The week is ending for the battered and bruised residents of Moore, Oklahoma.
I'm left with two overwhelming impressions: the power of nature and the strength of a community.
When I arrived in the town, I was in awe of the destructive power of the 200mph winds. By the time I departed, I was even more in awe of how residents were pulling together and how their optimism was undiminished.
Survivors are in shock but they are not complaining. No one is despondent. They know that if they escaped alive from the tornado, they were lucky.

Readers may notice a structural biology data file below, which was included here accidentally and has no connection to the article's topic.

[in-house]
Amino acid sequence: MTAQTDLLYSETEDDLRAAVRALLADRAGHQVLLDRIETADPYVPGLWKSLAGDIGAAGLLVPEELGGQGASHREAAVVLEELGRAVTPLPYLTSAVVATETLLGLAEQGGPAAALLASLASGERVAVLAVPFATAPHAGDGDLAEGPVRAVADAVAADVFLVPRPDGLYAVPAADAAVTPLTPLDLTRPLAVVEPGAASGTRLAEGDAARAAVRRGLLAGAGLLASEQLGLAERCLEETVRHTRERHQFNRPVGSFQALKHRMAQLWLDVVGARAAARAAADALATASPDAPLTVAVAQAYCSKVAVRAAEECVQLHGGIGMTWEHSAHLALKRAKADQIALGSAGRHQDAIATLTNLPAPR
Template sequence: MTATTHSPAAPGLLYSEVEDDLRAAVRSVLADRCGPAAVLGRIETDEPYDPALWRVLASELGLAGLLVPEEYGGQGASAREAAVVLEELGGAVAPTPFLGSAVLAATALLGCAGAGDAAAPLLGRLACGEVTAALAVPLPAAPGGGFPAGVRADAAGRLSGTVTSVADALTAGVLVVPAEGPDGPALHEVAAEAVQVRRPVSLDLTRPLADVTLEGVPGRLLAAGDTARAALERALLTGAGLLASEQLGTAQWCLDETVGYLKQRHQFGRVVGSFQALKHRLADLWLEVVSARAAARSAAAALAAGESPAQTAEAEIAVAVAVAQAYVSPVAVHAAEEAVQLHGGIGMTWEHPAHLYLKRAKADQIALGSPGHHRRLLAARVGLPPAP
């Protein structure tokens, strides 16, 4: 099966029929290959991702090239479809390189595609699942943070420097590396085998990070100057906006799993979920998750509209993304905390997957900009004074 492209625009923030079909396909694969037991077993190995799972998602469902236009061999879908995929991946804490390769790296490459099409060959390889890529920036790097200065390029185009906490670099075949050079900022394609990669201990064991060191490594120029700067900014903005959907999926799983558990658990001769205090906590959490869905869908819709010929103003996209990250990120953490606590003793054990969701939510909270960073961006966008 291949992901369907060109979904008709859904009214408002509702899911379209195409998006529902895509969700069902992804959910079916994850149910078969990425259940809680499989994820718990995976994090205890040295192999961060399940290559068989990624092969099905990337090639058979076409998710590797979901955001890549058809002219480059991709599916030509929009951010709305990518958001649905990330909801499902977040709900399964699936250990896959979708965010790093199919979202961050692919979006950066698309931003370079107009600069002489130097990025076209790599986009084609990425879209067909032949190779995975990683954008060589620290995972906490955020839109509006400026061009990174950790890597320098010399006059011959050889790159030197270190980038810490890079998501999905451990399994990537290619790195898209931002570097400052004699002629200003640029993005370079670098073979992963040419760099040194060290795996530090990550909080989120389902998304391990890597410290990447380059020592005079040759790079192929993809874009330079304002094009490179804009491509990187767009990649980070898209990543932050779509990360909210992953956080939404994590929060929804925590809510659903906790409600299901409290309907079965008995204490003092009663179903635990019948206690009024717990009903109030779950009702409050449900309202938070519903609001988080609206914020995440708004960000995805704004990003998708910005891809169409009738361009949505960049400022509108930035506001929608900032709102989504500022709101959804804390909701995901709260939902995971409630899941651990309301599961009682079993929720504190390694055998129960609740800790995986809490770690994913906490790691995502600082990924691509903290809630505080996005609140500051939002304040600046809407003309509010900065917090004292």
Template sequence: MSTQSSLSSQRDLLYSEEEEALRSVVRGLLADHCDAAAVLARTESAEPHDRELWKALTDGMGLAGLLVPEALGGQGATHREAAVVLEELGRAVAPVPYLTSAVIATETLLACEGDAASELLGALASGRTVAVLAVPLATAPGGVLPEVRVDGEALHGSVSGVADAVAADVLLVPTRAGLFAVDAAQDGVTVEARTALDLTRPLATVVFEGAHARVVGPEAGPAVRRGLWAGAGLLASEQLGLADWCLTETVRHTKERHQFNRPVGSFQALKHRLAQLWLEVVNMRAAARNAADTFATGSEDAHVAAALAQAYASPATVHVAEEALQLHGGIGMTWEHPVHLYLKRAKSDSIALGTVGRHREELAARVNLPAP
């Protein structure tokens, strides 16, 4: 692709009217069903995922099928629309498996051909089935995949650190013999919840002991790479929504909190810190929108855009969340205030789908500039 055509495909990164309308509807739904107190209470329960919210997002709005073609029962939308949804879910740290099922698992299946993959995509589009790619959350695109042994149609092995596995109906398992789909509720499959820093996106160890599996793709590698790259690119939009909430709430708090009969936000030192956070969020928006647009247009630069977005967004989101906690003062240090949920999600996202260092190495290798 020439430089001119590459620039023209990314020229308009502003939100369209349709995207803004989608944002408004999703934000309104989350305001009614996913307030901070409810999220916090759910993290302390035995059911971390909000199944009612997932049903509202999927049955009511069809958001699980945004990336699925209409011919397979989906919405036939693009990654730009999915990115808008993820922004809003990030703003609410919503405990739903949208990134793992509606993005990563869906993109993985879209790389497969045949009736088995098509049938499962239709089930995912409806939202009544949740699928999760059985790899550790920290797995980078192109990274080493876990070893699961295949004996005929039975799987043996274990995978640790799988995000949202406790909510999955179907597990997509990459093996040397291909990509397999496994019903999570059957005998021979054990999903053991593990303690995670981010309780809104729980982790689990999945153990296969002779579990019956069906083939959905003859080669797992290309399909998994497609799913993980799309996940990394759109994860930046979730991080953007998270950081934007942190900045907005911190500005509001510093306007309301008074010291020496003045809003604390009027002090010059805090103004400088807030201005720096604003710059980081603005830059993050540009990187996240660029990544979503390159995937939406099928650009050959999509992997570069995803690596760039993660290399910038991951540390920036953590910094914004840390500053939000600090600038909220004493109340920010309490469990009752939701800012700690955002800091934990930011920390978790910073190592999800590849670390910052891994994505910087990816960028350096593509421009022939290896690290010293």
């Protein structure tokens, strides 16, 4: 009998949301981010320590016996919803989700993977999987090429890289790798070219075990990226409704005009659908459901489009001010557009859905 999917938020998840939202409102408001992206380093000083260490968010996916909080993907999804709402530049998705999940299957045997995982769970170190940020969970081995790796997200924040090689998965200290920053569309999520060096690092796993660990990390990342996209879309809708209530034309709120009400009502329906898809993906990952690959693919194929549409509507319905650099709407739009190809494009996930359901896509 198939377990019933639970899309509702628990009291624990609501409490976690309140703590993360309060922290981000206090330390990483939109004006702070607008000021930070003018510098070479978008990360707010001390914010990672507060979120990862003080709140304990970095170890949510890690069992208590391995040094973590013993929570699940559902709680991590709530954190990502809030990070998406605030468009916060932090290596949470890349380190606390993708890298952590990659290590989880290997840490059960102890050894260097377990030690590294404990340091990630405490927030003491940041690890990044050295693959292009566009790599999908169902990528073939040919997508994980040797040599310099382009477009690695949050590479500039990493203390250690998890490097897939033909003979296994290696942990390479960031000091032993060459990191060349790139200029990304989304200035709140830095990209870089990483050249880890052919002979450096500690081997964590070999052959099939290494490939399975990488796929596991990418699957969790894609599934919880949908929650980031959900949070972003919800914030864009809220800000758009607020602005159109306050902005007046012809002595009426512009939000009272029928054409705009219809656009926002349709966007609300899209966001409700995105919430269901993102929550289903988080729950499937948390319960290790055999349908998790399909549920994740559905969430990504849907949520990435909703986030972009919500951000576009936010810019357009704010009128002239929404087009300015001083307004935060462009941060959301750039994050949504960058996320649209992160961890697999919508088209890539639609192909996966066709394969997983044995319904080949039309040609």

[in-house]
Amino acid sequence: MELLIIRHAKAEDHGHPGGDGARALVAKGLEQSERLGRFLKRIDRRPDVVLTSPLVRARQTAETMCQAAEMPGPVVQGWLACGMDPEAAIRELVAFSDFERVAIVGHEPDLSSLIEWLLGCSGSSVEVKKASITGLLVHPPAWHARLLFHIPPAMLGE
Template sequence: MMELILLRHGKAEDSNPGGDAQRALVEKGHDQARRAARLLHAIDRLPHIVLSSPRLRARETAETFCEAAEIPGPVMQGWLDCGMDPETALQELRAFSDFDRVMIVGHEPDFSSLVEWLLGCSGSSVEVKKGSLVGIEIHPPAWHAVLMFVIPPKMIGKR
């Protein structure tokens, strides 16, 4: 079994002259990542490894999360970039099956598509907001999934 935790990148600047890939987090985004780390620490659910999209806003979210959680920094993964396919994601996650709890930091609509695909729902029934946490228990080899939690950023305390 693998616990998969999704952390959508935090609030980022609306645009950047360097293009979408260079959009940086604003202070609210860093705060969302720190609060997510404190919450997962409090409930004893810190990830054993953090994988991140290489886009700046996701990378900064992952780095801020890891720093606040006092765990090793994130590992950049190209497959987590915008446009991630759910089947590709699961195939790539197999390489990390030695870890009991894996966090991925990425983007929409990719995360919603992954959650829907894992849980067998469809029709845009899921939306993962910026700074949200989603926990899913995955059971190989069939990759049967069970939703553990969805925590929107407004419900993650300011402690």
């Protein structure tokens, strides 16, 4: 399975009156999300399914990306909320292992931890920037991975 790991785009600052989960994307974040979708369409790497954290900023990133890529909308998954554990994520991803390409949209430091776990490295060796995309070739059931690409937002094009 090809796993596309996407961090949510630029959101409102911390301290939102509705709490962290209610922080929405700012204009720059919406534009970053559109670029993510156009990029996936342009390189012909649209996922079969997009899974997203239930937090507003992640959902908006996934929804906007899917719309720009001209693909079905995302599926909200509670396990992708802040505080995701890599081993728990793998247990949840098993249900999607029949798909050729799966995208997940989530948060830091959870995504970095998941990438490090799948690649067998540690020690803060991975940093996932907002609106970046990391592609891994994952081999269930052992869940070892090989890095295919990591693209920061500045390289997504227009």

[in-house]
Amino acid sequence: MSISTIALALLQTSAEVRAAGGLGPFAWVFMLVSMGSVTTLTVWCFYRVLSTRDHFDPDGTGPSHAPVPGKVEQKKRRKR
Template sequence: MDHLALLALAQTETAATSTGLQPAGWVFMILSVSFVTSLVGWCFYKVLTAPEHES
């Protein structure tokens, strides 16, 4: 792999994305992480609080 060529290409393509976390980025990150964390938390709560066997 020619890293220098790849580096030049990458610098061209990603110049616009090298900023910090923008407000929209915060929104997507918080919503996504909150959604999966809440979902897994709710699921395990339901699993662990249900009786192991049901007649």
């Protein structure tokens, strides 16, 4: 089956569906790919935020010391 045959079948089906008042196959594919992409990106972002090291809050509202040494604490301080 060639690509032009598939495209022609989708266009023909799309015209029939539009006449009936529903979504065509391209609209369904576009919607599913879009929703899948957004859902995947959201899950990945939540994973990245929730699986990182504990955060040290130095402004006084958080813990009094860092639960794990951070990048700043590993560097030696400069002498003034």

I spoke to one woman who is reluctantly leaving Moore forever. She is so traumatized by the extreme weather that she experienced on Monday that she now weeps even when it rains. She will try to find a quieter, more benign corner of America.
But many more residents are vowing to stay and to rebuild.
They talk of Tornado Alley with more respect than ever before but point out that every part of America endures extreme weather. Besides, they say, Moore is their home and they are proud of its values.
We can be sure that when they do build a new property the most important room in the house will be underground: the tornado shelter.